Coromandel coast scallop beds in crisis, report says
A new report shows the once plentiful scallop beds on the Coromandel coast are in crisis.
As part of the report, which was backed by the New Zealand Sport Fishing Council, a survey found that in some areas of Ōpito Bay divers were able to find an average of one legal-size scallop per 26 square meters of sea bed.
Organisation LegaSea is part of the Coromandel Scallop Restoration Team and project lead Sam Woolford told RNZ’s Morning Report while the survey result was alarming, more concerning was the low numbers of small scallops.
“What that means is basically it’s likely to get worse before it gets better. We’re not going to see recruitment in future years like we hoped so we have to start thinking about the long term,” Woolford said.
The issue was twofold, he said.
“Under the quota management system we are allowing overharvest, so we are taking too many scallops, and we are still using really destructive fishing techniques, mainly dredging.
“What we are seeing is a lot of damage to the sea floor. That… provides life for the entire ecosystem. So were are cutting off our nose to spite our face here. We are not looking after the environment in which the scallops habitate which means they don’t have a healthy environment to grow in.”
There had also not been a scallop survey in over 10 years in Ōpito Bay, Woolford said.
“In fairness, NIWA is conducting one at the moment so they have jumped to action… But secondly what we need to do is realise these destructive fishing techniques don’t have a place.
“I talk about the definition of insanity is doing the same thing and expecting a different outcome. We got to this point where Ngāti Hei felt obligated to lay down this rāhui. What we need to do is take this 24 months, this intervention, this period of time to move forward in a meaningful way.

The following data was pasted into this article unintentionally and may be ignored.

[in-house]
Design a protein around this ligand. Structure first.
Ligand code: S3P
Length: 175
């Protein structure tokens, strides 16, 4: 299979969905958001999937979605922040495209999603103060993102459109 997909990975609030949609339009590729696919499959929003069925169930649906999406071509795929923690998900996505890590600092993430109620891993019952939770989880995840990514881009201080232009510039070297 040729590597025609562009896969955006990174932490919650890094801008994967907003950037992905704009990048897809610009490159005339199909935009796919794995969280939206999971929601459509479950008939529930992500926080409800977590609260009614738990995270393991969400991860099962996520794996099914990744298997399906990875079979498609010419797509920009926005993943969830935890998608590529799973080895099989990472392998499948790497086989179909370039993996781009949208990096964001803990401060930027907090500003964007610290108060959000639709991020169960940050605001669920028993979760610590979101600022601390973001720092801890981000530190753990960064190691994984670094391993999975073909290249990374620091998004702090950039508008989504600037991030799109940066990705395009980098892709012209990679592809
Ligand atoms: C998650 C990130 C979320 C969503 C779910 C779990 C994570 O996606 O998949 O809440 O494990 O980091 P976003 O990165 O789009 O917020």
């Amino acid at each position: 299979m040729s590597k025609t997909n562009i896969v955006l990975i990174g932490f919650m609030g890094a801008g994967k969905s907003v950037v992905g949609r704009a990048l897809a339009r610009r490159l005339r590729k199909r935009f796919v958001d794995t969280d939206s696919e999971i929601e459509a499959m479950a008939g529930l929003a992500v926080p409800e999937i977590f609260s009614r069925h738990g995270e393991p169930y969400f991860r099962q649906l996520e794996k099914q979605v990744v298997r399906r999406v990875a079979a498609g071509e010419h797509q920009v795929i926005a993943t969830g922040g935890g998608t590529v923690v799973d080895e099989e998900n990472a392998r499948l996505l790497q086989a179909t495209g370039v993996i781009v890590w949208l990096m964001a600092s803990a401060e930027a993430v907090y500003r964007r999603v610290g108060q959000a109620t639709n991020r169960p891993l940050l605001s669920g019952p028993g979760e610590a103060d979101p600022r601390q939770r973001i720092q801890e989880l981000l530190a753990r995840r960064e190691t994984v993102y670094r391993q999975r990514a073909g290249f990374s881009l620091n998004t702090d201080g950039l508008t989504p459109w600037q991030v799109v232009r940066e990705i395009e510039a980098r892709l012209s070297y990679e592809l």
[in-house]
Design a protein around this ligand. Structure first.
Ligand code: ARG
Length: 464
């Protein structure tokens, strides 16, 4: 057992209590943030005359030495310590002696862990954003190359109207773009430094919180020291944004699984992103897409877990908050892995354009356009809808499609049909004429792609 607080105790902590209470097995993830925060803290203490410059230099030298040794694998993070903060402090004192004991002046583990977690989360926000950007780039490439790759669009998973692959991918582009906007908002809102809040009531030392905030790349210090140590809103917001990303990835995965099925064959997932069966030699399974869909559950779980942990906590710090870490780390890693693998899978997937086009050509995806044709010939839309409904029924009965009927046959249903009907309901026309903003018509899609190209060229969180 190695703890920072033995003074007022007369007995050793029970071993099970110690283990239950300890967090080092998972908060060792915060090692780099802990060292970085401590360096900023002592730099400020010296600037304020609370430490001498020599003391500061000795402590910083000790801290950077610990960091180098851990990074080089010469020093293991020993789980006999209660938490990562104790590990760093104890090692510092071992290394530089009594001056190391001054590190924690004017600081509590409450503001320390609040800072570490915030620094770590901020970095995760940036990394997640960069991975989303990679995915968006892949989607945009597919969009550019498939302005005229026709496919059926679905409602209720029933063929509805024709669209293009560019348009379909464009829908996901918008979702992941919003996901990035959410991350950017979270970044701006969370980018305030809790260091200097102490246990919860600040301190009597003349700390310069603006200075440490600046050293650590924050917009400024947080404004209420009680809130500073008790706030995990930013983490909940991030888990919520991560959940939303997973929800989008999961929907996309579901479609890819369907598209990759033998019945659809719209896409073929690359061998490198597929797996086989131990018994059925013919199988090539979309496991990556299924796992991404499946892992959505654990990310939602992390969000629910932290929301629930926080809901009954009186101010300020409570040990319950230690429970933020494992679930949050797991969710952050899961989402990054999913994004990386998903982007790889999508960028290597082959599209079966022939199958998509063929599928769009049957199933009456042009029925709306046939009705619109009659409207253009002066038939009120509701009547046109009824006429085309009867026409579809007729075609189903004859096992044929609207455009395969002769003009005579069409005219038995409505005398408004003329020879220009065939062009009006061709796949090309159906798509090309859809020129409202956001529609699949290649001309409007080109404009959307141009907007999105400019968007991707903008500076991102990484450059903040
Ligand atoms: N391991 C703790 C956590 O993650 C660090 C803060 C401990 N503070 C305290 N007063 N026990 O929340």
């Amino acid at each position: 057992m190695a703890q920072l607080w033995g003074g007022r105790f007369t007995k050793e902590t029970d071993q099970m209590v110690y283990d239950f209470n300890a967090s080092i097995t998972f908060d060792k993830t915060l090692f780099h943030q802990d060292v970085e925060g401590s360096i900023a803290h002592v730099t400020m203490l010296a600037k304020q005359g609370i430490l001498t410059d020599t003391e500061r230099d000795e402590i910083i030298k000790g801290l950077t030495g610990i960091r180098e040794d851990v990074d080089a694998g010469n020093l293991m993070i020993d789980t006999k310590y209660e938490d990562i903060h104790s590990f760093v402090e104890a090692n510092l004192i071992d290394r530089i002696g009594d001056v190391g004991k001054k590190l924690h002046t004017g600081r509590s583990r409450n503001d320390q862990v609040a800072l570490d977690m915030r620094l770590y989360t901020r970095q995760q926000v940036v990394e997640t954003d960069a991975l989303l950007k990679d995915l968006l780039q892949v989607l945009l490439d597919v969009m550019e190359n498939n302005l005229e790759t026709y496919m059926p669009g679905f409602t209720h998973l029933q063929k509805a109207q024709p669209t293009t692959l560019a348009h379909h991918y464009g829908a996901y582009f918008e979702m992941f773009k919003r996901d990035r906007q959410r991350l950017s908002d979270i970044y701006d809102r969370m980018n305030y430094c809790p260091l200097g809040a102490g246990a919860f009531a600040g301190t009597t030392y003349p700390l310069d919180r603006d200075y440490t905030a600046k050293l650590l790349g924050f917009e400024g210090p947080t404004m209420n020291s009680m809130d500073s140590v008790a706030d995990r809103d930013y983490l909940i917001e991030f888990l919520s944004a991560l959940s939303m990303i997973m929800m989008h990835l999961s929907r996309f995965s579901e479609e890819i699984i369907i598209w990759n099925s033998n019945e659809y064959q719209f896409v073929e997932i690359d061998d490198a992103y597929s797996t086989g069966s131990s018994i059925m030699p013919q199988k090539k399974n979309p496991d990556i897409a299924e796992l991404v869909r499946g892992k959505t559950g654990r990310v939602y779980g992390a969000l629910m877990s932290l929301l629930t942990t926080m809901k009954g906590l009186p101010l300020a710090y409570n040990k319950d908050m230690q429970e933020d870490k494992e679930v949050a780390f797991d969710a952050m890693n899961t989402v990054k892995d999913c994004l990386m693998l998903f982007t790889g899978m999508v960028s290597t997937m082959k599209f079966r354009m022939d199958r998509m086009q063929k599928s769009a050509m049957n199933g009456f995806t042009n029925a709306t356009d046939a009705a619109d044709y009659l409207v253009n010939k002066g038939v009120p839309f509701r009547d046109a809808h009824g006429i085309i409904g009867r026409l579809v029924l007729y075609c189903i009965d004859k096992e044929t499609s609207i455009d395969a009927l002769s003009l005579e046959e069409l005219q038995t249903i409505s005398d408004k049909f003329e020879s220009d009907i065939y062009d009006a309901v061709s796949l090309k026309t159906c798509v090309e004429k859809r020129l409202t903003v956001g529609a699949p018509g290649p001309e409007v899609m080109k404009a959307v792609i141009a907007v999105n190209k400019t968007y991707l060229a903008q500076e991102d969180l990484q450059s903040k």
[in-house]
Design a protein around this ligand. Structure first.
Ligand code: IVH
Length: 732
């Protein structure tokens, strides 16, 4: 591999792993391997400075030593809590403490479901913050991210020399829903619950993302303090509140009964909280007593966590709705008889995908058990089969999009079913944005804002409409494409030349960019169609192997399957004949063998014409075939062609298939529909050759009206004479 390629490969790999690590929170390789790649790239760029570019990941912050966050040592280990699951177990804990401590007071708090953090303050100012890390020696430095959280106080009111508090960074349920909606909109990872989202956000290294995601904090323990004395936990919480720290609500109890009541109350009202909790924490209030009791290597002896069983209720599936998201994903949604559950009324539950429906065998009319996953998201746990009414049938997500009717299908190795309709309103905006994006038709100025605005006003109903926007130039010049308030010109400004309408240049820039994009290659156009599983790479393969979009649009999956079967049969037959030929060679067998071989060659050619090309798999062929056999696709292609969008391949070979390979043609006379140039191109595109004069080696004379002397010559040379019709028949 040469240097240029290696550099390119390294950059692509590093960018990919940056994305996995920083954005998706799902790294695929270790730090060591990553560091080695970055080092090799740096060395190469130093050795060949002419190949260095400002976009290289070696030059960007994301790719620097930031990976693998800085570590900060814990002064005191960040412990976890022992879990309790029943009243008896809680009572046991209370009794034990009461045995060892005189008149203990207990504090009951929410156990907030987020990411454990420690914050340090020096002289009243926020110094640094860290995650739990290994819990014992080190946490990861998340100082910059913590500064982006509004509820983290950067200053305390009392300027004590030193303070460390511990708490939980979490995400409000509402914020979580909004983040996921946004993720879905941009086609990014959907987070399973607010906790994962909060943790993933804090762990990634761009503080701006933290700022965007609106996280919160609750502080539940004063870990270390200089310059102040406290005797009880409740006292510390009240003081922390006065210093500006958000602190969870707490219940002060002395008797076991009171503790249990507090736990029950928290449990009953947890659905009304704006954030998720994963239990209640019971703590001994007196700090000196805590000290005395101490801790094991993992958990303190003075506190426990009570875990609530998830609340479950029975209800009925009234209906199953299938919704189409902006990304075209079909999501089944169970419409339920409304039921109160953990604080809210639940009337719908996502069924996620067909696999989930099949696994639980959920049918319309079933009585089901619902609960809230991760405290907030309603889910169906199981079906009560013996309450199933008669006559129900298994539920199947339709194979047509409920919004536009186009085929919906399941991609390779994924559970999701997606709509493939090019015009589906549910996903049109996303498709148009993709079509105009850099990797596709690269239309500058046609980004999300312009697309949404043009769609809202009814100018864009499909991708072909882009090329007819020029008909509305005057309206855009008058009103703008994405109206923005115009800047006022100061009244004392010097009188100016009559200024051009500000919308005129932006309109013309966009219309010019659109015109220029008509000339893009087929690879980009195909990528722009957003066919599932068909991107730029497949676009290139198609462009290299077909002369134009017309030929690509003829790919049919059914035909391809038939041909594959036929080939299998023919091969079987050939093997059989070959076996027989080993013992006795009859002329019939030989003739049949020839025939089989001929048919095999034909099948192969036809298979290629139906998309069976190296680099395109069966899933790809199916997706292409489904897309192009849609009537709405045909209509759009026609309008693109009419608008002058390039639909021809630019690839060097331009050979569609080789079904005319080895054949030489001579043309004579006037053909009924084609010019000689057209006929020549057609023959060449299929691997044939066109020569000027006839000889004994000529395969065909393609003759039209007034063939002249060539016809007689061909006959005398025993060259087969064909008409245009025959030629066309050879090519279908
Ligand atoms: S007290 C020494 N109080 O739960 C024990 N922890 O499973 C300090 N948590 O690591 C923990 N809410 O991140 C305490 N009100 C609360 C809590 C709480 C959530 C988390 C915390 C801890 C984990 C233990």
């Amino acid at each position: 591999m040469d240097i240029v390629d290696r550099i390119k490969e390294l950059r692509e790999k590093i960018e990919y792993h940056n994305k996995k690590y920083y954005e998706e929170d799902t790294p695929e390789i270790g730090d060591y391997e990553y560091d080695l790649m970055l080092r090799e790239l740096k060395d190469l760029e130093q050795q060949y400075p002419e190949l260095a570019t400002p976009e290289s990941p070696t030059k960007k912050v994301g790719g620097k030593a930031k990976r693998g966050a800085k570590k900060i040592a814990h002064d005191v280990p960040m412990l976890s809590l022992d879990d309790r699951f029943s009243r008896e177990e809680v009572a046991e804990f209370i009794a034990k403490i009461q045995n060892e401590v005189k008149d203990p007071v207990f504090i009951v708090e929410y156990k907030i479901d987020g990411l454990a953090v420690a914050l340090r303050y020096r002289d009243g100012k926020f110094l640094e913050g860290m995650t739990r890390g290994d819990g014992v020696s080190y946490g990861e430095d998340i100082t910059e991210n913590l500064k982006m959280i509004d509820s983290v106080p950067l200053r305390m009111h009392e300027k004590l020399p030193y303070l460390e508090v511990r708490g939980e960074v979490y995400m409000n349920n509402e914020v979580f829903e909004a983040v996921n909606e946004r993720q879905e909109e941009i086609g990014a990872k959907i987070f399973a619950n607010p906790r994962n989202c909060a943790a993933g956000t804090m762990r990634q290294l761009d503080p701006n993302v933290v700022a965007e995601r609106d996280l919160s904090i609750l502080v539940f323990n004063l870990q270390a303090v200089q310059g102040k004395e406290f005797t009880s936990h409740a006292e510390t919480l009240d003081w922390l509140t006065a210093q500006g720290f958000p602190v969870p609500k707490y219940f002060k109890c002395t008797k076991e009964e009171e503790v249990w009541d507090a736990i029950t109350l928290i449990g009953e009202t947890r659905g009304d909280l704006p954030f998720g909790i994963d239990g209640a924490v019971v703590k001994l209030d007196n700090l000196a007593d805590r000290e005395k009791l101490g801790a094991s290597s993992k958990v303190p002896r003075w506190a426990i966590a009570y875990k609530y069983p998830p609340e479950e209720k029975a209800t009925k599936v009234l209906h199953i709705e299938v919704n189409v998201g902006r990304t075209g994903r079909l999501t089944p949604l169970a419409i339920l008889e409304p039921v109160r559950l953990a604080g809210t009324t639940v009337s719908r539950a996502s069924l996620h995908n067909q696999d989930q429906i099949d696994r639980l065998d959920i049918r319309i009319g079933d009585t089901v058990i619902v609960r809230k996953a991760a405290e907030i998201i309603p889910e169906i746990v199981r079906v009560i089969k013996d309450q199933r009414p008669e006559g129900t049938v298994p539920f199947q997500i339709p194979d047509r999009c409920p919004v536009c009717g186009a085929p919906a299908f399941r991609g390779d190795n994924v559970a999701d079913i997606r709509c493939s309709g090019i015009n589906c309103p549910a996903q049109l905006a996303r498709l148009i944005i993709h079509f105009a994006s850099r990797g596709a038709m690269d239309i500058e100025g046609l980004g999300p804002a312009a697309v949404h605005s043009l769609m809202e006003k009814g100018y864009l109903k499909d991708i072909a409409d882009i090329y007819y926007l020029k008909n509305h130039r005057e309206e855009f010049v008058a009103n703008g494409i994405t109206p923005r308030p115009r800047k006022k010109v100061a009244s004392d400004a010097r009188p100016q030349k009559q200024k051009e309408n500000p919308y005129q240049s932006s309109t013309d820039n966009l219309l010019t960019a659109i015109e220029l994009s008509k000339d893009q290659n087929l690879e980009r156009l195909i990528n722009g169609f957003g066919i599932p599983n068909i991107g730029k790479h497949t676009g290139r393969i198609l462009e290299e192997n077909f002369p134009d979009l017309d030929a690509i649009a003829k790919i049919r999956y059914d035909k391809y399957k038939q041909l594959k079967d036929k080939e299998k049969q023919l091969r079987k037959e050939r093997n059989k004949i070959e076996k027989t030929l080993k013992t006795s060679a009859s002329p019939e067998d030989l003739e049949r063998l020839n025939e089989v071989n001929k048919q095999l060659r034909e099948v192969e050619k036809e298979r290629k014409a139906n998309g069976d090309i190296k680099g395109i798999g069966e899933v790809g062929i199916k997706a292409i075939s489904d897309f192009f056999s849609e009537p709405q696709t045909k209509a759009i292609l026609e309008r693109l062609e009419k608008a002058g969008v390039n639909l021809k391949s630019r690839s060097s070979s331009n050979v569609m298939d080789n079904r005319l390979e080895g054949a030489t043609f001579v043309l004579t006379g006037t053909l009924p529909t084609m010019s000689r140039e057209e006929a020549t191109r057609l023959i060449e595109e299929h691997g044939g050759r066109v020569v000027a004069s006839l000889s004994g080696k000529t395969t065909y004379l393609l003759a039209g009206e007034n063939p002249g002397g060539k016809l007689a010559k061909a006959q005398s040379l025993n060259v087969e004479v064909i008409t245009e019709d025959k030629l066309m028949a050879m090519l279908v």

“How can we change our behaviours so we don’t do the same thing again.”
In December, Coromandel residents declared a voluntary rāhui on collecting scallops from a bay on the eastern side of the peninsula.
The ban at Ōpito Bay was put in place to prevent the collapse of the shellfish’s population.
Ngāti Hei kaumātua Joe Davis told Afternoons with Jesse Mulligan at the time that a lack of action from officials was forcing locals to step in.
“We needed to do something to create some awareness about the numbers that are coming down and the signs that are telling us there is something wrong with the fisheries out here,” Davis said.
Thames-Coromandel District Mayor Sandra Goudie said at the time that she supported the rāhui, but that it was up to the Ministry for Primary Industries to address the decline in scallop numbers.
“Once any issues have been resolved we are more than happy to support a rāhui when it is proven fisheries have been depleted,” Goudie said.
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